One in five Irish women are victims of domestic violence and 209 have been murdered in those circumstances since 1996, according to Women’s Aid, the national agency supporting women and children affected by domestic violence.
Launching its manifesto yesterday for the forthcoming general election, the organisation said serious action on domestic violence is needed. At an open meeting in Dublin with TDs, senators, and political parties, it called for the reversal of funding cuts to domestic violence services, legal reform, and improved responses from State agencies.
Speaking before the launch, Margaret Martin, the director of Women’s Aid, said: “Domestic violence is a serious crime, one that can result in stress, short and long-term trauma and physical injuries and, in extreme cases, homicide. One in five women in Ireland are affected by domestic violence and in 2014 Women’s Aid heard over 16,000 disclosure of abuse against women and over 5,700 disclosures of abuse against children.
“We know that since we started our records in 1996, 209 women have been murdered in Ireland, 55% of them killed by their partners or ex-partners. In some homicide cases, children, parents, siblings, and friends have also been attacked or killed.”
She said the recent tragedy in Omeath, Co Louth, where Garda Tony Golden lost his life, highlighted just how dangerous domestic violence was.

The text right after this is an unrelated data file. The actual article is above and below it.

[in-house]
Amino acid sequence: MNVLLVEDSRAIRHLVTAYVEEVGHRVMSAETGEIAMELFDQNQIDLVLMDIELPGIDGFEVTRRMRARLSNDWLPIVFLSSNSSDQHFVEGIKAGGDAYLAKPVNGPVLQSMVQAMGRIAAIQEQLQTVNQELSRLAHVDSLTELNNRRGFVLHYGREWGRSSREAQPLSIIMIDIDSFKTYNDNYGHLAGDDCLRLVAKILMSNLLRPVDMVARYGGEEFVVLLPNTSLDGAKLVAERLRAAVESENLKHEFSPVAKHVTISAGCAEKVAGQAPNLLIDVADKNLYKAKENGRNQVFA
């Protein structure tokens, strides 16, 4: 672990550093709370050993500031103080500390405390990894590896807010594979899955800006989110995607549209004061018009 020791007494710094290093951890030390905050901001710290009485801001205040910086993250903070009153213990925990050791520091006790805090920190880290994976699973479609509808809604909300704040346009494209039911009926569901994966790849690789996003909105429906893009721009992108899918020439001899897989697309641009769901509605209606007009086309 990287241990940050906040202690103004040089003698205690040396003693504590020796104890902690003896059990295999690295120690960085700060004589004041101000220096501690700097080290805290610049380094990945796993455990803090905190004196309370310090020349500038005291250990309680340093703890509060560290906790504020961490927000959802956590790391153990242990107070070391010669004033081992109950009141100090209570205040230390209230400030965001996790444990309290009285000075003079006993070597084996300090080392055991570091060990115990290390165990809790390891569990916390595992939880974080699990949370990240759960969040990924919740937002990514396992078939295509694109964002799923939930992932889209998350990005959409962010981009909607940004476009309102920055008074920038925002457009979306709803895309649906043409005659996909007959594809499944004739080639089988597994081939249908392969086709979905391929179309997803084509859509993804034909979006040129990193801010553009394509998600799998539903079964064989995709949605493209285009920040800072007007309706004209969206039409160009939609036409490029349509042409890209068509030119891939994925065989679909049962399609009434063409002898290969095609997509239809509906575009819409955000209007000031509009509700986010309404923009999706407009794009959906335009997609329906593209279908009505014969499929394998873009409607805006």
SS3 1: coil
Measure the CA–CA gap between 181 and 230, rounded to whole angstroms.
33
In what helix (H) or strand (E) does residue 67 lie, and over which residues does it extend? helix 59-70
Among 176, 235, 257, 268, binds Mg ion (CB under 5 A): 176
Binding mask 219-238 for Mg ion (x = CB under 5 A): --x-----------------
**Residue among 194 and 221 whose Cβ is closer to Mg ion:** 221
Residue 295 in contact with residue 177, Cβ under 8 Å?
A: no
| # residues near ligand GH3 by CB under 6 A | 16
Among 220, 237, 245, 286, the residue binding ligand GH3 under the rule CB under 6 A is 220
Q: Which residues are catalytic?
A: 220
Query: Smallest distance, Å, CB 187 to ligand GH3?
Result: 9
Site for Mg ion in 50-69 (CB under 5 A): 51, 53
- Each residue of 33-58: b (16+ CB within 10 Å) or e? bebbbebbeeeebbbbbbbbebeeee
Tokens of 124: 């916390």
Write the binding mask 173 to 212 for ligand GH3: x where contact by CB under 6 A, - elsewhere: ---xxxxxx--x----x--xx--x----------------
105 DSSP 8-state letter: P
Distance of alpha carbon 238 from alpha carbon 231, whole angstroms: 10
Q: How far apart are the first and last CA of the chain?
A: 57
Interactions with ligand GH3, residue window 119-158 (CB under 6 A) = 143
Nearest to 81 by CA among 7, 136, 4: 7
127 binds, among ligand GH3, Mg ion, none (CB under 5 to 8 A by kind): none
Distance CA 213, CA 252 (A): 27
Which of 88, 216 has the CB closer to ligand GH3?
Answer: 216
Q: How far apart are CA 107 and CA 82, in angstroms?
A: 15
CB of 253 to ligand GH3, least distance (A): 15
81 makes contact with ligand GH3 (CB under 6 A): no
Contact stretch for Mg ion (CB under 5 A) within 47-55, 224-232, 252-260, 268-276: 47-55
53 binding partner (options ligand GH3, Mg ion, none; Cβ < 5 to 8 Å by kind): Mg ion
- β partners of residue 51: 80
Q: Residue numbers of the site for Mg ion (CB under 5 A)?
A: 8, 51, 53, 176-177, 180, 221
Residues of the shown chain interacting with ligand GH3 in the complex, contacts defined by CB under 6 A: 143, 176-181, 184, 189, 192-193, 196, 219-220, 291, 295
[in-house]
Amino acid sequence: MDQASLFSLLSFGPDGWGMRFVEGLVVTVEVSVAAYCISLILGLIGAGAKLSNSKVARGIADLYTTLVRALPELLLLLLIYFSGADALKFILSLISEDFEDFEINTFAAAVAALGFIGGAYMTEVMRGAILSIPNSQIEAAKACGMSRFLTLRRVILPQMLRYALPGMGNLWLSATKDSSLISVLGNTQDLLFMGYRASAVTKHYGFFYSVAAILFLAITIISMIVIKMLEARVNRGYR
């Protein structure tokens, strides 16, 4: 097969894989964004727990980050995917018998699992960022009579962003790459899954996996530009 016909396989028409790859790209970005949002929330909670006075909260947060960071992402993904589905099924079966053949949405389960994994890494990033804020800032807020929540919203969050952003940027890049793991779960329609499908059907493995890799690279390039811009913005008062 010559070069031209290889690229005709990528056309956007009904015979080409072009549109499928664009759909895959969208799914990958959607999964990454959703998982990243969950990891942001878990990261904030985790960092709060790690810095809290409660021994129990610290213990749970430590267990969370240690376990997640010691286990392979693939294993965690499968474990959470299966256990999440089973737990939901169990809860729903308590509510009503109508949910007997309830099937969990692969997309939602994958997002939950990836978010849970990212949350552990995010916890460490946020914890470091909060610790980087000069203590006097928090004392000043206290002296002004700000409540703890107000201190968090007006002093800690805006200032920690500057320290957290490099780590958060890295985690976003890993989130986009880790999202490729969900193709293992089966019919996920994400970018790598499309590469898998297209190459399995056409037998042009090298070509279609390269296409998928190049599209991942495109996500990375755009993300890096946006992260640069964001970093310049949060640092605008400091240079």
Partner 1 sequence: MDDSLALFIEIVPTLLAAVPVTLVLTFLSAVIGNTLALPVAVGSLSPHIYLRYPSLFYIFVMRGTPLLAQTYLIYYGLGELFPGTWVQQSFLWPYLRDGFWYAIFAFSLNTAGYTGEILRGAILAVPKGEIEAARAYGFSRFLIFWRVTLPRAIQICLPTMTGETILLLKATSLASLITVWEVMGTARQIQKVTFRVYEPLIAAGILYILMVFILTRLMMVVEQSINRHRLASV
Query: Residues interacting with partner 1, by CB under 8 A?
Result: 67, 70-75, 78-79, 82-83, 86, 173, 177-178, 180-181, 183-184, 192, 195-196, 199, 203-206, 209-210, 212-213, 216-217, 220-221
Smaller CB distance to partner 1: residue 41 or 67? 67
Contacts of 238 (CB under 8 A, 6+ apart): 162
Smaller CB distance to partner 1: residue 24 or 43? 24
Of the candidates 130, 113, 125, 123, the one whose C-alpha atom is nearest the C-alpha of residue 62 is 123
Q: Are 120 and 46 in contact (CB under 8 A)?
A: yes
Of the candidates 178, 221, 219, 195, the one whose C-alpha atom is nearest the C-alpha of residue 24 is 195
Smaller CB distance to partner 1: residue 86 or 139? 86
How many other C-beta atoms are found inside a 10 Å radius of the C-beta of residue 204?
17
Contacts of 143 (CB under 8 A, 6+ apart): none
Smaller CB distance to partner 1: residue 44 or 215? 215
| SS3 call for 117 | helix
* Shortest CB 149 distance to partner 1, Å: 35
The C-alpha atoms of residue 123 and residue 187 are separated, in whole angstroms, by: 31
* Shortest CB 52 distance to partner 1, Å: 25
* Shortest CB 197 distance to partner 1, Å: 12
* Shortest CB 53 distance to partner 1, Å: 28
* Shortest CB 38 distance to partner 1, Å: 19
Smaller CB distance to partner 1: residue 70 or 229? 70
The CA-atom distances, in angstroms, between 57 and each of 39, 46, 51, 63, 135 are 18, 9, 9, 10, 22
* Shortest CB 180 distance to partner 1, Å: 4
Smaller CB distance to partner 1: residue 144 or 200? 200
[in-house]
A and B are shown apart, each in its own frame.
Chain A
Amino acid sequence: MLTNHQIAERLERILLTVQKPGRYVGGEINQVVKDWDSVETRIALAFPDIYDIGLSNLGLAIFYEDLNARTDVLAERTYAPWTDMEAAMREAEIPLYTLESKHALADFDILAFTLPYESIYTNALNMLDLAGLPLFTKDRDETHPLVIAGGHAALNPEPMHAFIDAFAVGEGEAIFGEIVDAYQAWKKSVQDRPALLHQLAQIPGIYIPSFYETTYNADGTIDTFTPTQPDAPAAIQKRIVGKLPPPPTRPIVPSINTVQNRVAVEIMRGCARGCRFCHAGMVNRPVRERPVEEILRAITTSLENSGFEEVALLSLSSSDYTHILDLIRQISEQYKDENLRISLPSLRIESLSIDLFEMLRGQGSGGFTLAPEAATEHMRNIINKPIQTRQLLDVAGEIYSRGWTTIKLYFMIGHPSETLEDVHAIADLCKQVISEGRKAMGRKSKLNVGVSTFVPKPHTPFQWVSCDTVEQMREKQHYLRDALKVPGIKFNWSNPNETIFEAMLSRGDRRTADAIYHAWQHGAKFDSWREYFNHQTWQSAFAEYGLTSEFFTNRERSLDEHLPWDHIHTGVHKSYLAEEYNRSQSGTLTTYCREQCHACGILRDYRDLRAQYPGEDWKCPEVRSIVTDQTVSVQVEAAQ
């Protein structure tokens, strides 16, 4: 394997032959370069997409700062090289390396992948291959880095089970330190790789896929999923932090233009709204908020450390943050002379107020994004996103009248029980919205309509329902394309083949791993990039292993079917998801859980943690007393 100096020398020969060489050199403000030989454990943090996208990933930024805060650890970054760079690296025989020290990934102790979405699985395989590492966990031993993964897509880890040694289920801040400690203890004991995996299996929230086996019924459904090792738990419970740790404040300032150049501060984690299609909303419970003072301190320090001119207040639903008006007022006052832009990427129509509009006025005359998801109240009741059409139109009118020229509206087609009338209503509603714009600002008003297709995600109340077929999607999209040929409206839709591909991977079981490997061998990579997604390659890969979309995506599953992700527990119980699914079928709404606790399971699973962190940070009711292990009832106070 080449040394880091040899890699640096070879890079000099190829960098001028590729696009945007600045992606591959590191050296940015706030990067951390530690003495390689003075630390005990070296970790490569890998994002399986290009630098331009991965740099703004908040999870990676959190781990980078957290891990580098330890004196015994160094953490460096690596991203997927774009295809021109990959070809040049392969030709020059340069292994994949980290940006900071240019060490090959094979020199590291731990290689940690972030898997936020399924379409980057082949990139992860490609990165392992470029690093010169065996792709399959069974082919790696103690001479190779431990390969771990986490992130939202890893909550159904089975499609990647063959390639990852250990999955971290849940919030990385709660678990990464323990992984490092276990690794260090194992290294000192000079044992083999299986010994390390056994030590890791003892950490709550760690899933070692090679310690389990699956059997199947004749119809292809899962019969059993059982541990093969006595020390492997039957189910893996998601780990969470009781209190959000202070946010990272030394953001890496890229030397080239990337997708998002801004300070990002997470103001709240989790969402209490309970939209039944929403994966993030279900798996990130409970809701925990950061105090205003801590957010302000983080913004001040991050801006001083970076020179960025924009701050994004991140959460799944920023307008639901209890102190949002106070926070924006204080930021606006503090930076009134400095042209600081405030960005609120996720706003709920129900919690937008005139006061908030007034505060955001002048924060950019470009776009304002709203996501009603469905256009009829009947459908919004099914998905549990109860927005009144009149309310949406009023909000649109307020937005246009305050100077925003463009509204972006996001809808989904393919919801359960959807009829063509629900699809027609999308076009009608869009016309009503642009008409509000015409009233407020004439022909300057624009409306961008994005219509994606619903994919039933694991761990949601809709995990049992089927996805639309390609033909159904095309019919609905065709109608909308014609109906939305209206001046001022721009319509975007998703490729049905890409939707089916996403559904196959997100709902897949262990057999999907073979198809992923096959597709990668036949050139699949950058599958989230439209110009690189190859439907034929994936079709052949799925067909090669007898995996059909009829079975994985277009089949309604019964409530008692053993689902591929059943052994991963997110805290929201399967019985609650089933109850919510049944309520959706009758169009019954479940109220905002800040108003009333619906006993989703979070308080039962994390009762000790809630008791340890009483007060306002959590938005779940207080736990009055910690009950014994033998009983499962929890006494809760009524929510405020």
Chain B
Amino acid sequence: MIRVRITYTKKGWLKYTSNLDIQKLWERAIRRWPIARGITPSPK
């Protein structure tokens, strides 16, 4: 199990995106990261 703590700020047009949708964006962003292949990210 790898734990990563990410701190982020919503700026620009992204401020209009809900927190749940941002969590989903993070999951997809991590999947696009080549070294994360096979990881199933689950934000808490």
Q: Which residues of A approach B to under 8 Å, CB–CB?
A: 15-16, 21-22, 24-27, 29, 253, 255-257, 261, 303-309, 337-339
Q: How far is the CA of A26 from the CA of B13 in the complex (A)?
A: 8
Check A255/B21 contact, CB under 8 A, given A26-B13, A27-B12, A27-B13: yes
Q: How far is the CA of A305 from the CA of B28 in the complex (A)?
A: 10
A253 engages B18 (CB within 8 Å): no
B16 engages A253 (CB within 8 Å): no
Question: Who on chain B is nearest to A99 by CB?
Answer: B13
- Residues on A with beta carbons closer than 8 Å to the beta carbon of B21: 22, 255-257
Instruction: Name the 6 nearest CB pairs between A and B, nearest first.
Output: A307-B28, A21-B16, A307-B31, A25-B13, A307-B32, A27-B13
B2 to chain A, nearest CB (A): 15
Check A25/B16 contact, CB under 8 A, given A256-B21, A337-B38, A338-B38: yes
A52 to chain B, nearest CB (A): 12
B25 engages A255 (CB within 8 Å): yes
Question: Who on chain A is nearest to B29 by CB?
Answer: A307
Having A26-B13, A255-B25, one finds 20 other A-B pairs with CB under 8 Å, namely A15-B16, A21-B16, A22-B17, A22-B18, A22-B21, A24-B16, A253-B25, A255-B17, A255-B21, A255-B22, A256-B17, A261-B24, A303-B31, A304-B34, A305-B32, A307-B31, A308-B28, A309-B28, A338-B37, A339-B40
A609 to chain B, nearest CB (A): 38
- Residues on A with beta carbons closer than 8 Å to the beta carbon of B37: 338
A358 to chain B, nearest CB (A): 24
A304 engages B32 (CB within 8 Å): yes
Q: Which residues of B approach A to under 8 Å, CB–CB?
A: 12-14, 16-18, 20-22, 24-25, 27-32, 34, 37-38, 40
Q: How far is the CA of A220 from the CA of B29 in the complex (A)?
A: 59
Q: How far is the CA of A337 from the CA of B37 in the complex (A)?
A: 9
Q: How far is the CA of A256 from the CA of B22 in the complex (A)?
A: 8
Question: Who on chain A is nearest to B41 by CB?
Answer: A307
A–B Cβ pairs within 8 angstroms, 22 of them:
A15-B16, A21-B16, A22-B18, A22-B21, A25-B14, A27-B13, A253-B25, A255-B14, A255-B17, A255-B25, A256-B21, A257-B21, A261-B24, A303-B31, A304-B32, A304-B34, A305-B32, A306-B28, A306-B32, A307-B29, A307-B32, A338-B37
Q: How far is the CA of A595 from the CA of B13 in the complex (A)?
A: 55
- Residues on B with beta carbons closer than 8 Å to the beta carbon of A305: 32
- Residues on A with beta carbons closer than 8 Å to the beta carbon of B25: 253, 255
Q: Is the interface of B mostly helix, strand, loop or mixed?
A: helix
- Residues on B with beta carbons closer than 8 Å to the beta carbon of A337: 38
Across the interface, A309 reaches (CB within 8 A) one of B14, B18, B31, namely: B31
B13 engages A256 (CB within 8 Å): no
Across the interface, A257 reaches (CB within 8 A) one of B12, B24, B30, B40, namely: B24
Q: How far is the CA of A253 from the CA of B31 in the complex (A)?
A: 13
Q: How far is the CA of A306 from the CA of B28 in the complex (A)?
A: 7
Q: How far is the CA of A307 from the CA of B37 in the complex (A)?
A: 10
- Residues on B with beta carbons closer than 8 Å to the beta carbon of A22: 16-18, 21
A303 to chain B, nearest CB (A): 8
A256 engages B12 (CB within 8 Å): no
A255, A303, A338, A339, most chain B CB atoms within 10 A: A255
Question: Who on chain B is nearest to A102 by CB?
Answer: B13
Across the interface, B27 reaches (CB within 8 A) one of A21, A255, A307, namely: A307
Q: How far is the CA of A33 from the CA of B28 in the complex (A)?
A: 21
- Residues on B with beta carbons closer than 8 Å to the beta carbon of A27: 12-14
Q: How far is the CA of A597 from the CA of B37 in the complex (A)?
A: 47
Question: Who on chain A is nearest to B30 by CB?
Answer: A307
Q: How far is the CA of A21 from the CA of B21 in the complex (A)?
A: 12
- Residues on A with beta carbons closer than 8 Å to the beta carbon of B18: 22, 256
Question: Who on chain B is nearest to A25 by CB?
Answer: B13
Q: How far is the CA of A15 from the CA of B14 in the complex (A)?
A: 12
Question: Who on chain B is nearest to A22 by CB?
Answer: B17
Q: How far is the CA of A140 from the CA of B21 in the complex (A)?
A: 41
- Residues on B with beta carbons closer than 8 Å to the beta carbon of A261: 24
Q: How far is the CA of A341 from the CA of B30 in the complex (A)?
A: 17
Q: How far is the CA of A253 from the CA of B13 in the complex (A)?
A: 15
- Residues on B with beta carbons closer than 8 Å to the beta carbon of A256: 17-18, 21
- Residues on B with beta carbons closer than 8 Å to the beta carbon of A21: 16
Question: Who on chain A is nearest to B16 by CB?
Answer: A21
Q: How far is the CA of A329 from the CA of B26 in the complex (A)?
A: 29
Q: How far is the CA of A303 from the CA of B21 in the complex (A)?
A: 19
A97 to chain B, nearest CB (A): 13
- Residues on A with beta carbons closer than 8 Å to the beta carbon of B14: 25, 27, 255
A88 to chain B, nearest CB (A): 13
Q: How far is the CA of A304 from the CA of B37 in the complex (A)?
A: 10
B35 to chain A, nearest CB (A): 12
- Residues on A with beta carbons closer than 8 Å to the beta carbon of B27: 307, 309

“The impacts on women, children, and the community around them cannot be minimised or dismissed. We owe it to those affected to take effective political action to protect them, provide them with the support they need and respond fully and appropriately. We must act before more lives are lost and more hurt is caused to women, children and communities.”
Ms Martin said essential services and systems had been severely impacted by the recession. Over the last seven years government funding to Women’s Aid has fallen by 31%.
“This means that waiting times for the courts, health services, and legal aid have all increased, while welfare payments such as rent supplement and one-parent family payments have been reduced. These cuts have real impact on the lives of thousands of women and children living in fear in their own homes.”
She revealed demand for the Women’s Aid Dublin-based one-to-one service has increased by 40% since the start of the recession.
“The most recent cut of 20% to Women’s Aid by Tusla announced in June 2015 came at a time when we were preparing to increase the availability of the national helpline to 24 hours per day, seven days a week in line with the Istanbul Convention and the EU Victims’ Directive,” she said.
“We know how impor- tant it is to be available for women whenever they need us. We call for the reversal of these cuts and adequate funding for the extension of the national helpline.”
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